I didn’t want my teenager to have to wait to start building their credit history at 18, so I got them a credit card at 13.
By adding them as an authorized user on my credit card account, they get access to their own credit card and can start establishing their own credit — and learn to avoid foolish mistakes.
Let’s explore why I made this decision and why you might want to do the same for your kids.
The primary reason I got my 13-year-old a credit card is so that they can start building their credit history. Typically, you can’t get a credit card until you’re 18. But most major credit card issuers let you add children as authorized users and provide them with their own card linked to your account.
The age limit for an authorized user depends on the credit card company. Some companies say 13 or older, while others don’t have any minimum age requirements.
The main benefit of adding an authorized user is that they can build their credit if your account stays active and in good standing. As a result, my teenager can jumpstart their credit-building journey years before they turn 18.
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Teach financial responsibility
It’s one thing to teach kids about using cash or a debit card linked to a bank account, but it’s a bit different introducing credit cards and credit history into their lives.
I wanted to take this next step in teaching financial literacy to my teenager and supply them with a credit card because it gives them firsthand experience with how credit works. It’s not quite the same as spending money that you know you have in your linked checking account. Once that money runs out, you can’t spend anymore.
With a credit card, you can spend up to the credit limit without any guarantee that you actually have the money to pay off your balance. So there has to be more self-discipline involved with credit usage, which I think is an important lesson for a kid to learn.
This likely isn’t the most important reason to get a child a credit card, but it certainly doesn’t hurt to have an authorized user on a credit card that earns rewards.
With most rewards cards, you earn cash back, rewards, points, or miles on eligible purchases. You can then redeem your rewards for a variety of things, including flights and hotel stays.
If you have an authorized user on your credit card, their purchases tend to also earn rewards. So it’s a win-win situation where my teenager can learn how to use a credit card and start building their credit history, while I earn valuable rewards from their purchases.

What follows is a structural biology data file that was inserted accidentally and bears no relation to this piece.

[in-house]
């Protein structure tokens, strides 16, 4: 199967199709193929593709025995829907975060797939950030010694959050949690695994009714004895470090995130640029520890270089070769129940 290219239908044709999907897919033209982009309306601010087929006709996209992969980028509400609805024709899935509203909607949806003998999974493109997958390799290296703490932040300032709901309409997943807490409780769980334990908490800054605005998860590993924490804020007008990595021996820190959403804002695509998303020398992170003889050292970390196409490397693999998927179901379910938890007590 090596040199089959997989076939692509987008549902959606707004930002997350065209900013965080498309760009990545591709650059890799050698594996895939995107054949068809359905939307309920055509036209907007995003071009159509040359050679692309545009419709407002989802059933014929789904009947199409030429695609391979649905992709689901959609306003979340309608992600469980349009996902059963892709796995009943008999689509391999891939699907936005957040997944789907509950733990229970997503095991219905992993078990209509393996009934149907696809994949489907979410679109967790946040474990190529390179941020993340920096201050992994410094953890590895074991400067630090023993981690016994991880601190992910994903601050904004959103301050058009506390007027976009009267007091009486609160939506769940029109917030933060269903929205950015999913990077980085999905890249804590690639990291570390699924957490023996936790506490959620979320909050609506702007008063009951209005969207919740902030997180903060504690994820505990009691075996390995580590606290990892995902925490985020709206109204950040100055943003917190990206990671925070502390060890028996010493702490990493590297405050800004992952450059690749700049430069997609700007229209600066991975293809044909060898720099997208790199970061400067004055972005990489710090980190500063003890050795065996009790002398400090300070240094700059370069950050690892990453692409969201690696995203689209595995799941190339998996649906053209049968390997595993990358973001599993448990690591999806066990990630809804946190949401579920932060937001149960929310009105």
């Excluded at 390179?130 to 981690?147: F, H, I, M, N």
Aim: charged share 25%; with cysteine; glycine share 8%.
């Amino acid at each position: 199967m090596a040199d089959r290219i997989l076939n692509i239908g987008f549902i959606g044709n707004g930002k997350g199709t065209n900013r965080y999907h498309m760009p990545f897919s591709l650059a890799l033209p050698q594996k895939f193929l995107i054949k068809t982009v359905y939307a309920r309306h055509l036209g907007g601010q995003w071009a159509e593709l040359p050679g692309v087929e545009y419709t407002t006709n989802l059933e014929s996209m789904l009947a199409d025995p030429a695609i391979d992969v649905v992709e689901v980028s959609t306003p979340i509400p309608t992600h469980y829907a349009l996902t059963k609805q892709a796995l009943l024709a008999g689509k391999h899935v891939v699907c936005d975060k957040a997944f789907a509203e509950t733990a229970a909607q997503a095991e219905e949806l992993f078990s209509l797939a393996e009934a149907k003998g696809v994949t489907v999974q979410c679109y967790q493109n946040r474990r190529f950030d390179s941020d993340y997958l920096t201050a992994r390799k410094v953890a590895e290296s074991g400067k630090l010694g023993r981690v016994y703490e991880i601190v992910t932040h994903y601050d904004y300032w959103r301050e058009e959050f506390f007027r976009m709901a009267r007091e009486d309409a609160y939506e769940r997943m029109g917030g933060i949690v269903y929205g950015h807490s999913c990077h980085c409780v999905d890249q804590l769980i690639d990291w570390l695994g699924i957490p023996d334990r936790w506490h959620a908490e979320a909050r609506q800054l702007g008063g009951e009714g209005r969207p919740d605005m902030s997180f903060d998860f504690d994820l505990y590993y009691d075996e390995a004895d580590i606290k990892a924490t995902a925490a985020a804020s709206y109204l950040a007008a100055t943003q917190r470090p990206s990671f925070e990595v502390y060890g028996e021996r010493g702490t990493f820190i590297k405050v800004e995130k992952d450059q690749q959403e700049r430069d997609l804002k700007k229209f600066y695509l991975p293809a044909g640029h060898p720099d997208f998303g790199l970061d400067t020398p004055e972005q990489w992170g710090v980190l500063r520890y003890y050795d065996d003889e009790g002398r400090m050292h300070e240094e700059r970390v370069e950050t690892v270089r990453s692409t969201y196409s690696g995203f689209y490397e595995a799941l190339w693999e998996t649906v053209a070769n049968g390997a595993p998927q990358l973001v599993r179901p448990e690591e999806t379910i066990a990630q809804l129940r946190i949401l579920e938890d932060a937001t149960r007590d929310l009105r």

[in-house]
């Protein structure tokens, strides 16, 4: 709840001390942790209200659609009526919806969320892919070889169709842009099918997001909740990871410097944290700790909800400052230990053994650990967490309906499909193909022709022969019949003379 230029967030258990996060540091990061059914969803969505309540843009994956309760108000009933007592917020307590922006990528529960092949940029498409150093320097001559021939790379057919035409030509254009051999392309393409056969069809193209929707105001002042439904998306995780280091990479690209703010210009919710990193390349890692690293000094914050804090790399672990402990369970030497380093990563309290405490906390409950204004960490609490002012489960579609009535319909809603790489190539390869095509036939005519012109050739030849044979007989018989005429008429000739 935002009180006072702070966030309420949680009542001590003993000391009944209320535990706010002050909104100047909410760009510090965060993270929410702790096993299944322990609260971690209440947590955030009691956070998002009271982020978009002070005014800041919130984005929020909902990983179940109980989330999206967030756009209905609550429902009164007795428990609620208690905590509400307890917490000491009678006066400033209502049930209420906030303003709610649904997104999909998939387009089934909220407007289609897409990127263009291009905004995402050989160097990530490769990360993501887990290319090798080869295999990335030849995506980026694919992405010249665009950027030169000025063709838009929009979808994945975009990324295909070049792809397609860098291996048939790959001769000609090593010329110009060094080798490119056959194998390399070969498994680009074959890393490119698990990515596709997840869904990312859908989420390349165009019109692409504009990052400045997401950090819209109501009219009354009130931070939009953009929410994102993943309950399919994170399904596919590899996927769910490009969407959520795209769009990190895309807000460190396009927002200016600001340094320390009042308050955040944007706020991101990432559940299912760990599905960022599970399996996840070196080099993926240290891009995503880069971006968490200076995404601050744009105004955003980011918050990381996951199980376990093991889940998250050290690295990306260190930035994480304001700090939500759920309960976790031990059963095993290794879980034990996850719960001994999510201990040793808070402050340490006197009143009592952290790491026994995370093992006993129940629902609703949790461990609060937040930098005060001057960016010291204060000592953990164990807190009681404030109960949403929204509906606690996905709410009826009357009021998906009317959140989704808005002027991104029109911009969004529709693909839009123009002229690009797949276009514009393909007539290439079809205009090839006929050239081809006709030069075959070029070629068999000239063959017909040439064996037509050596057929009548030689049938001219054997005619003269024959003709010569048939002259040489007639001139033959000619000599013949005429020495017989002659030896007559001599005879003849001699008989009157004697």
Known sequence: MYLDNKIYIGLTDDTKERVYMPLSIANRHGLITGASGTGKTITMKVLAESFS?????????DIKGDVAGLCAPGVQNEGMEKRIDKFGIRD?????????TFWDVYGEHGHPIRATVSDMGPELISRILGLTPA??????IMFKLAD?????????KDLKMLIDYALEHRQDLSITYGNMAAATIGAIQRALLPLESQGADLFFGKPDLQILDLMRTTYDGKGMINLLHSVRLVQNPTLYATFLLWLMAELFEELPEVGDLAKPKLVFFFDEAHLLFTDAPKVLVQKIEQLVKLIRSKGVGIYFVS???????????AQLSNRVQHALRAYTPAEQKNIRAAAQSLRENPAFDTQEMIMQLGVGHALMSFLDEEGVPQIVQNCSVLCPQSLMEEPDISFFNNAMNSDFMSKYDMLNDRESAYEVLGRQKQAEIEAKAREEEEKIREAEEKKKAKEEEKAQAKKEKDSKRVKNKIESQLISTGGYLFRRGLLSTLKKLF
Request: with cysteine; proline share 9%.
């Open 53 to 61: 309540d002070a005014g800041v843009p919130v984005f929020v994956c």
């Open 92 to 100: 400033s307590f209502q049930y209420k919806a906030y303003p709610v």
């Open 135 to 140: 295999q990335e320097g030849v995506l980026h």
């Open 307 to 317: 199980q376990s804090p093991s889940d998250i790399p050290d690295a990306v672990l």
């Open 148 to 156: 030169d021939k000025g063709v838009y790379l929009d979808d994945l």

Have an emergency fund
A credit card can act as an emergency fund if you need it. It’s not an ideal option for replacing money in a bank account, but it can work in a pinch since many major credit cards are generally accepted worldwide.
There likely aren’t too many situations where my 13-year-old would need to resort to using a credit card in an emergency, but it could happen.
Whether it’s because they don’t have enough cash on hand or their debit card isn’t working, it’s nice to know that they have another option available to access money.
Provide consumer protections
Credit cards generally provide more protection than debit cards in case of fraud. For example, it’s common for most credit cards to have zero-fraud liability, which means you’re not responsible for unauthorized charges made with your card or card information.
That could include situations where your credit card is lost or stolen, or if your credit card information is leaked online or offline. Having this protection in place gives me peace of mind that nothing disastrous will happen if my teenager misplaces their credit card.
The solution is often as simple as checking for unauthorized charges and then reporting the card lost so we can get it replaced.
This has more to do with a parent and child relationship, but giving your child a credit card is a big sign that you trust them to make responsible decisions. That means not running up a bill or making purchases that they can’t pay off.
I had already spent time nurturing a trusting relationship involving money with my teenager before giving them a credit card.
I think it makes sense to take a step or two, such as using a debit card, before jumping into the world of credit. But it’s also possible to monitor spending or set spending limits with certain authorized user accounts on different credit cards.
Support financial independence
A teenager might not fully understand how important credit can be for people once they become adults. This can mean qualifying for valuable rewards credit cards, getting a loan for a new car, and setting up a mortgage as a homebuyer.
Without a good credit score and a proper amount of credit history, these opportunities could be few and far between.
By starting to build a credit history now, my teenager can open up the doors to more financial opportunities in the future as an adult. This essentially helps them get a head start on the credit-building process rather than beginning when they’re 18 or older.
I want to trust my kid with a credit card, and I do. But it’s helpful to know that I can track the spending of any authorized user attached to my credit card accounts.
This gives me some control over how credit is being used and whether I need to step in for any teaching opportunities.
I got my teenager a credit card for multiple reasons, but primarily because I want to help build their credit history, teach them how credit works, and maybe even grow their wealth.
If they can get a head start on having more financial freedom by the time they turn 18, I want them to have that opportunity. And if that means I’ll be walking them through how a car loan works around that time, I’ll be ready.